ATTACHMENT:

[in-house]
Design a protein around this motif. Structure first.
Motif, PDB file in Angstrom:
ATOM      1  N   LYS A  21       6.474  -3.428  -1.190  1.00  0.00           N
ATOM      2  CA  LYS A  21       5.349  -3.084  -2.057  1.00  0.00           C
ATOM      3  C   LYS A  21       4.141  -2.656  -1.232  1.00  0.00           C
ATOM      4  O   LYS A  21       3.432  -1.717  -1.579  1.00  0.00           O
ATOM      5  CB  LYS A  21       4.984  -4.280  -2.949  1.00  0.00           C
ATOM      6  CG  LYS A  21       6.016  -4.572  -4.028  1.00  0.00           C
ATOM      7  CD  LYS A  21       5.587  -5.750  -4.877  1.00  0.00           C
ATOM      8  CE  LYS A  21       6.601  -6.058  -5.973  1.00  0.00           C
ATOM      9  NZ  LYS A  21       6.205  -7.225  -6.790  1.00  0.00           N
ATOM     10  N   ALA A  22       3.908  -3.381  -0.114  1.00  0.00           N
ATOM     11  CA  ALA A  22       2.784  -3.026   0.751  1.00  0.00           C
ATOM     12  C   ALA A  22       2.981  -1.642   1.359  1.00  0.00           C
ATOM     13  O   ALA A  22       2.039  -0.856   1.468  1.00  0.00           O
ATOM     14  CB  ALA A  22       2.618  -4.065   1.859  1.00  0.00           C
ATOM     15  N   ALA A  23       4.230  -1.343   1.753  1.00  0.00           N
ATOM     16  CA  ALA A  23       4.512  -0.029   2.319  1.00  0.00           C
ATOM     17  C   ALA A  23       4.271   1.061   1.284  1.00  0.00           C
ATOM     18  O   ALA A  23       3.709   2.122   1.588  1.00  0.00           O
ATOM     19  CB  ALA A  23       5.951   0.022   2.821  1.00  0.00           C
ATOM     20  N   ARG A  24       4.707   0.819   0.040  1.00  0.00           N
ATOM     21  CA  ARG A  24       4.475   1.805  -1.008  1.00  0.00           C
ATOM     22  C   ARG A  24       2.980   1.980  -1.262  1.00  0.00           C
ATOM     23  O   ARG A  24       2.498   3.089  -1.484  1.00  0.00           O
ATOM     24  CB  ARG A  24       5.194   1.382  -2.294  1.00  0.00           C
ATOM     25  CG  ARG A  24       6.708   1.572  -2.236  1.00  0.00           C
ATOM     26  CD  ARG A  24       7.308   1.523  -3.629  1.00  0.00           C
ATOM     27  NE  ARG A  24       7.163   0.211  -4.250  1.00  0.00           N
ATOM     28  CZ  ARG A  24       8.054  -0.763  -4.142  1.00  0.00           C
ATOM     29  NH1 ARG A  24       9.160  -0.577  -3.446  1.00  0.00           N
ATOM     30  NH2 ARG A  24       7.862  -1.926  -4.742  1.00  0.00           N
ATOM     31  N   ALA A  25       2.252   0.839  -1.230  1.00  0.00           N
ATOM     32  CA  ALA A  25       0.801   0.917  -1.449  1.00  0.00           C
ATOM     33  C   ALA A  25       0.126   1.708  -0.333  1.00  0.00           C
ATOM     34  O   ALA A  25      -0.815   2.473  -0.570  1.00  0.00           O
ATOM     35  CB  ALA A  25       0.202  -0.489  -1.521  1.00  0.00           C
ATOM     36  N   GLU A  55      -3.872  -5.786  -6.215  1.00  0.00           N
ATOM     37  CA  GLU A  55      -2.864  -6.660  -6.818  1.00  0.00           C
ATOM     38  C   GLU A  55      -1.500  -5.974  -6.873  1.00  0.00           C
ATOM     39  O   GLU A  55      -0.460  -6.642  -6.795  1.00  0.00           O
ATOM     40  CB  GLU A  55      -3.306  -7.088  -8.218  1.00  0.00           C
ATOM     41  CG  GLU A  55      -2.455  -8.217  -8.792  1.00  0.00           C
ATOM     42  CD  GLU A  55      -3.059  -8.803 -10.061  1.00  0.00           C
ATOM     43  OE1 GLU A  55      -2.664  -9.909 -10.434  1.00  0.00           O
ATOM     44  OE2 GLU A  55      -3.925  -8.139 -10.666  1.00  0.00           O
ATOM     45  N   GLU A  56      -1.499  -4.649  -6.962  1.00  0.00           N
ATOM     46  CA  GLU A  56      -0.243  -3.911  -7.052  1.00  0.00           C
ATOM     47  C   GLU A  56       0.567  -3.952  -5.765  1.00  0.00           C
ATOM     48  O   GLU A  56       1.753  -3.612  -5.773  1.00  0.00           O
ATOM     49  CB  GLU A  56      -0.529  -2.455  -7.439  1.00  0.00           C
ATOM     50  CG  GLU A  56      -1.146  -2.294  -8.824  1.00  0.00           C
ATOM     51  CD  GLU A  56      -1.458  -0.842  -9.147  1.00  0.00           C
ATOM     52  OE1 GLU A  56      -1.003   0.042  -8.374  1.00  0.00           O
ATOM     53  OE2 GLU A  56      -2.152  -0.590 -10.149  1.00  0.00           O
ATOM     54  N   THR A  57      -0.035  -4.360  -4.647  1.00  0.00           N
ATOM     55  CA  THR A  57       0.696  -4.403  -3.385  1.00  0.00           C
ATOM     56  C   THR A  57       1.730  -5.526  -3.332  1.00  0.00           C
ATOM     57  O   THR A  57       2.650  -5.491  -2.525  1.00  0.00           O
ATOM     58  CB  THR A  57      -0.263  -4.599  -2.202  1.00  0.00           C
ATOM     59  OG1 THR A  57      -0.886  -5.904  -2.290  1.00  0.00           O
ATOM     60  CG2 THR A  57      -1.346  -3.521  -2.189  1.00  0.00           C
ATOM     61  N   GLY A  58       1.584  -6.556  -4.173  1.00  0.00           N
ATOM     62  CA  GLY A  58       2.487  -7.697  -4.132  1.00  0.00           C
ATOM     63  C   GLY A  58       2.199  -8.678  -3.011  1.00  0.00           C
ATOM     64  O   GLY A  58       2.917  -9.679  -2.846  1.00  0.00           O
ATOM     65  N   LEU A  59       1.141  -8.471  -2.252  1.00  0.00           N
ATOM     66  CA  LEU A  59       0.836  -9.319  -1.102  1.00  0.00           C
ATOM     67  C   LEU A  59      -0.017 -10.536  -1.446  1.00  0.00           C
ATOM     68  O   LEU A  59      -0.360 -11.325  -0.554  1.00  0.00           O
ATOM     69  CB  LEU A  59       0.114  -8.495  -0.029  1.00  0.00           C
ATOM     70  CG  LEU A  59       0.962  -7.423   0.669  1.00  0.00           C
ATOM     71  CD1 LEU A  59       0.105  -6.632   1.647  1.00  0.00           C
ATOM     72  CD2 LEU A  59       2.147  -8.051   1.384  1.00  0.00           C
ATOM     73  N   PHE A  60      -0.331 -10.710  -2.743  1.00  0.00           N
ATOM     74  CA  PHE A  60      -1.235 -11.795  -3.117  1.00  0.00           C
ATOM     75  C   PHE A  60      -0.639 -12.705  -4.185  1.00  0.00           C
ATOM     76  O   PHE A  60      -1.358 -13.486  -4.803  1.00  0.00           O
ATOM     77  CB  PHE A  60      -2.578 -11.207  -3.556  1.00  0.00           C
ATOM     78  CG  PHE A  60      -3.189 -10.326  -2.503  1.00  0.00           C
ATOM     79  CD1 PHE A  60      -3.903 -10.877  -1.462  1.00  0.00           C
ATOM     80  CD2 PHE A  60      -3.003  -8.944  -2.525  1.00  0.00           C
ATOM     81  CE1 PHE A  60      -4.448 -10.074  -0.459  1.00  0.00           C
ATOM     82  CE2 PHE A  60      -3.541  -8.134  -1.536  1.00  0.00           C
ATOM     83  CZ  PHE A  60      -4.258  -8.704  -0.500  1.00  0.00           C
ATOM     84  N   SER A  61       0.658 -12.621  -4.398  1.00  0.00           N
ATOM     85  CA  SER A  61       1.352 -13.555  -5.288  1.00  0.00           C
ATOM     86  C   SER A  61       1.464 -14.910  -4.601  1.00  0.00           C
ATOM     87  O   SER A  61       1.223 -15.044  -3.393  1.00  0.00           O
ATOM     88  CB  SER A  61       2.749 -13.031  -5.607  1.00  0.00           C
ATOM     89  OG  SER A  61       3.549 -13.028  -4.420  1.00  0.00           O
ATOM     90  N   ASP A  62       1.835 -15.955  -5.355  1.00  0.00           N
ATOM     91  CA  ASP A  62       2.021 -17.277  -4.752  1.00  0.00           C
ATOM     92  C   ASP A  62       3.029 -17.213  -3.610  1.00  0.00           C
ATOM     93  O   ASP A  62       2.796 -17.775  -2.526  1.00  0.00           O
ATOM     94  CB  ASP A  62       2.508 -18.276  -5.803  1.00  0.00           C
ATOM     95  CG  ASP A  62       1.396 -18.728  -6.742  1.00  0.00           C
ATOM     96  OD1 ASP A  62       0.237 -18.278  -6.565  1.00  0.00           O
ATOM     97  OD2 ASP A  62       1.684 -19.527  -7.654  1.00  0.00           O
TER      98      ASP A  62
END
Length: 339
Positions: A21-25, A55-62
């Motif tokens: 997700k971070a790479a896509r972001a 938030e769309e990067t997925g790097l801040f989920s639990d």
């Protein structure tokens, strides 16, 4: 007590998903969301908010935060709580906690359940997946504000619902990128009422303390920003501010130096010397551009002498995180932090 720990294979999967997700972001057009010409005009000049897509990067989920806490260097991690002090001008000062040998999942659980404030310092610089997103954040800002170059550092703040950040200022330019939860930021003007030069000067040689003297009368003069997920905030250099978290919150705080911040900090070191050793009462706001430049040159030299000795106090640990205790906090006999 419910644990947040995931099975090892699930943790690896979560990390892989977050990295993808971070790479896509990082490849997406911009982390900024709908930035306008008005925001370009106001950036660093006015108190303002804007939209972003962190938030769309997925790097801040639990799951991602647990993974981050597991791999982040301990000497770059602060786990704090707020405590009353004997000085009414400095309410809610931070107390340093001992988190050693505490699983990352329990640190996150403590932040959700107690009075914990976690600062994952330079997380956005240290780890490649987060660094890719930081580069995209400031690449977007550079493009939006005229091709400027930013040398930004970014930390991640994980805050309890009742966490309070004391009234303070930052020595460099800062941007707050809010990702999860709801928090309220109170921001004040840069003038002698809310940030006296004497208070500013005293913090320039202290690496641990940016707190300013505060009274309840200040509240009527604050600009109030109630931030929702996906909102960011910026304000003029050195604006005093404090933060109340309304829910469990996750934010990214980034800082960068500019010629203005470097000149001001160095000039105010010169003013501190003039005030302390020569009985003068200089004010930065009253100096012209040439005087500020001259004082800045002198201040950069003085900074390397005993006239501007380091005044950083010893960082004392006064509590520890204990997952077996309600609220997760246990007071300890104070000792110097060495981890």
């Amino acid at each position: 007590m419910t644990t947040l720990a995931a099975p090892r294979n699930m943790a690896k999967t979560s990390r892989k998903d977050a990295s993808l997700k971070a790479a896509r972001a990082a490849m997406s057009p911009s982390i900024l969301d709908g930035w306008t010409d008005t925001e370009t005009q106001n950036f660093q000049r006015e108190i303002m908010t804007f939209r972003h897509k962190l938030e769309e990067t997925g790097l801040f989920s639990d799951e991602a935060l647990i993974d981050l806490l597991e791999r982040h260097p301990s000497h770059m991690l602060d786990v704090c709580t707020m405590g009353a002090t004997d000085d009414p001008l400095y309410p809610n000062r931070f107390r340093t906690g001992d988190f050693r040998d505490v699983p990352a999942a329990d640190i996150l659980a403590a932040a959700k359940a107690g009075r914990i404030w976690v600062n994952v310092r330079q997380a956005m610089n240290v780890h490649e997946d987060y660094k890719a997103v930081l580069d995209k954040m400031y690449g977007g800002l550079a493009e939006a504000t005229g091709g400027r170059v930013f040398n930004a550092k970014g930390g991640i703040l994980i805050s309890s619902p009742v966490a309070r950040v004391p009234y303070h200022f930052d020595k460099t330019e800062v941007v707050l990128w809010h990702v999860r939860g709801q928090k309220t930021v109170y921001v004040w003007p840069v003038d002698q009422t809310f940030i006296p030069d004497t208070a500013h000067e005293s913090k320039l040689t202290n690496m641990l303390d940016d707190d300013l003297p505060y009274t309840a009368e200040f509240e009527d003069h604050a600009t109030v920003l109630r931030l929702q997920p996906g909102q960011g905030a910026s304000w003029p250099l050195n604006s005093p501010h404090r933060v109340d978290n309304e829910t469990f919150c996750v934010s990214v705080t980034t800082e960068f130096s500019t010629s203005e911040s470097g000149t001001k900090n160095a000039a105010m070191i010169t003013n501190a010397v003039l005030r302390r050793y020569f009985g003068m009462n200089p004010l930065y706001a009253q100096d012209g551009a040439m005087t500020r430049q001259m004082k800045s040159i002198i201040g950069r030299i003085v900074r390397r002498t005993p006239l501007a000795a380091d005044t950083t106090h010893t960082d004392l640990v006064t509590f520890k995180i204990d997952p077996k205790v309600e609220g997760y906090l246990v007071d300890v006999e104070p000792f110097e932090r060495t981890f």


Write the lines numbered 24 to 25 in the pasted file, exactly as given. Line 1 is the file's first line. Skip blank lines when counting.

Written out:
ATOM     21  CA  ARG A  24       4.475   1.805  -1.008  1.00  0.00           C
ATOM     22  C   ARG A  24       2.980   1.980  -1.262  1.00  0.00           C